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Jenny Douglas (University of Rochester)
Samuel Beckett and Marina Carr: Theatricality, Performativity, and Gender

    In 2002, a special issue of SubStance focused on defining theatricality, both as a concept unto itself and in relation to the categories of performance and performativity. Josette Féral, the editor of the issue, presents her definition of theatricality as a series of cleavages involving an act of recognition by the spectator. The first cleavage involves separating the event from its everyday surroundings; the second involves opposing reality and fiction; the third occurs within the actor and involves the tension between instinctive and symbolic behavior. Féral’s definition, and several others within the issue, focuses on theatricality and performativity as disjunctions or gaps within a signifying system and within one’s perception of an environment. Eli Rozik’s article, for example, further explains the tension within the actor as the “coexistence of elements in the same human body serving as both producer of signs and material medium of images” (120). Rozik’s explanation here, couched within a definition of theatricality that centers around acting, also evokes theories of performativity—specifically, the ways in which gender is performatively constituted.

    My paper will bring this dialogue on theatricality and performativity to bear on a few of Beckett’s plays (Not I and Happy Days) and will discuss his work in relation to a contemporary Irish playwright, Marina Carr. I believe Beckett’s plays open a performative space because of the unusual physical situations of his characters and the subsequent disjunction between body and voice. If the text of a play is usually inscribed onto the body of the actor, then what happens if the actor’s body is absent or severely truncated? I want to bring a discussion of performativity back to the theatre, in contrast to J.L. Austin’s original intentions, and in keeping with Derrida’s notion of the iterability of all performances. By examining moments of performativity within Beckett’s plays, I want to see how gender, and especially female gender, is performatively constructed.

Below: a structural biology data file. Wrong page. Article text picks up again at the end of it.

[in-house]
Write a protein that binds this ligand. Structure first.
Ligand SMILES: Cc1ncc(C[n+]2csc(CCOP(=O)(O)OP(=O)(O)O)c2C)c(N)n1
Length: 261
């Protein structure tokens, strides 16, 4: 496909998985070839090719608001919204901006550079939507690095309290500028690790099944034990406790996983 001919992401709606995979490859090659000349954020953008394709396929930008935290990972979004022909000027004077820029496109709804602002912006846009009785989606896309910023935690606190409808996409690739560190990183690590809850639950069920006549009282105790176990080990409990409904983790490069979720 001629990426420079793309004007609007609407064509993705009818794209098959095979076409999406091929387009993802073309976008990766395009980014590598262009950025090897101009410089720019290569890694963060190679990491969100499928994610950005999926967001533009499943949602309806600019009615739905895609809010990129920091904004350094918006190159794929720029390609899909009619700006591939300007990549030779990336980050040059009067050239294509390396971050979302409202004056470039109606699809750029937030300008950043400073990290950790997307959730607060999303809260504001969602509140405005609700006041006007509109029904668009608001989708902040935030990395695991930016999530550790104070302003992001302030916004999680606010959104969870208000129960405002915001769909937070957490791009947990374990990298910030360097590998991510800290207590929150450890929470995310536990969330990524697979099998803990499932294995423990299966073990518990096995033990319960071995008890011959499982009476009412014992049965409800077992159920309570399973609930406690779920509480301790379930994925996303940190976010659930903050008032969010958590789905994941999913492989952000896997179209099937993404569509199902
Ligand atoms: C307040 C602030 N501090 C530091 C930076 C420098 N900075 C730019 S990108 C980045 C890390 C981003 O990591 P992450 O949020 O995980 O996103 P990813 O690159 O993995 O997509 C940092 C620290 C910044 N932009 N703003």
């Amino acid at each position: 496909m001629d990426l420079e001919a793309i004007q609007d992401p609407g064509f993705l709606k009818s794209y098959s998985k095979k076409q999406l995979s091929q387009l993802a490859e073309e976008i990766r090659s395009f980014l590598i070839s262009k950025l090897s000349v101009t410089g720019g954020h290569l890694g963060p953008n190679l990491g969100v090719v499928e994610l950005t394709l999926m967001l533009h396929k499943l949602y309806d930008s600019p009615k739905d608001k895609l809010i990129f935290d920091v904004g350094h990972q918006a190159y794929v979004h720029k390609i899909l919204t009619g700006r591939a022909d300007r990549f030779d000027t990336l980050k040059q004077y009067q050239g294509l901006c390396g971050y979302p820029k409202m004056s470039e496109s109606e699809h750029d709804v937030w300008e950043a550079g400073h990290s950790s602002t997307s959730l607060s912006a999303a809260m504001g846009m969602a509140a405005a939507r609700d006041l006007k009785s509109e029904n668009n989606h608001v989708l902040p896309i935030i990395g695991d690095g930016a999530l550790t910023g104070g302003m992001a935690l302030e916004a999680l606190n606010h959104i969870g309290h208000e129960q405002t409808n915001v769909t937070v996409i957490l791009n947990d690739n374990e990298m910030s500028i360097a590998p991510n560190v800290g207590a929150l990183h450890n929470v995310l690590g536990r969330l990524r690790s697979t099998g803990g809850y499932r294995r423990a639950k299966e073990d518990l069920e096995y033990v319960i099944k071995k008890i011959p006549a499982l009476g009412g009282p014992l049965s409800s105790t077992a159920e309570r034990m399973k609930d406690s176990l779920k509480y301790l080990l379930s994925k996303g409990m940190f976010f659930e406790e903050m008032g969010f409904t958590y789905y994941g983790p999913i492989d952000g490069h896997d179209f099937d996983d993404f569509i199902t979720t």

In addition to discussing some of Beckett’s work, I also want to bring the dialogue of theatricality and performativity to a few of Marina Carr’s plays (Portia Coughlin, By the Bog of Cats). Carr writes with some of Beckett’s dark, wry humor, but her plays are historically and linguistically situated in the Irish midlands. Her female protagonists often represent the conflict between transgressive female desires/bodies and the patriarchal structure of family and Christianity. While Beckett’s plays are less historically contextualized, I believe that his use of the stage as performative space (or perhaps theatrical space in Féral’s definition) foreshadows and even enables Carr’s depiction of female gender and sexuality. Beckett’s jarring depictions of female bodies, like the disembodied mouth in Not I and Winnie’s slow sinking in Happy Days, highlight the tension between the female body and the female voice, between signs inscribed onto the body and language coming from it. Carr’s plays, likewise, enact this tension between female sexual desire and female speech, thus perfoming gender through the female body.

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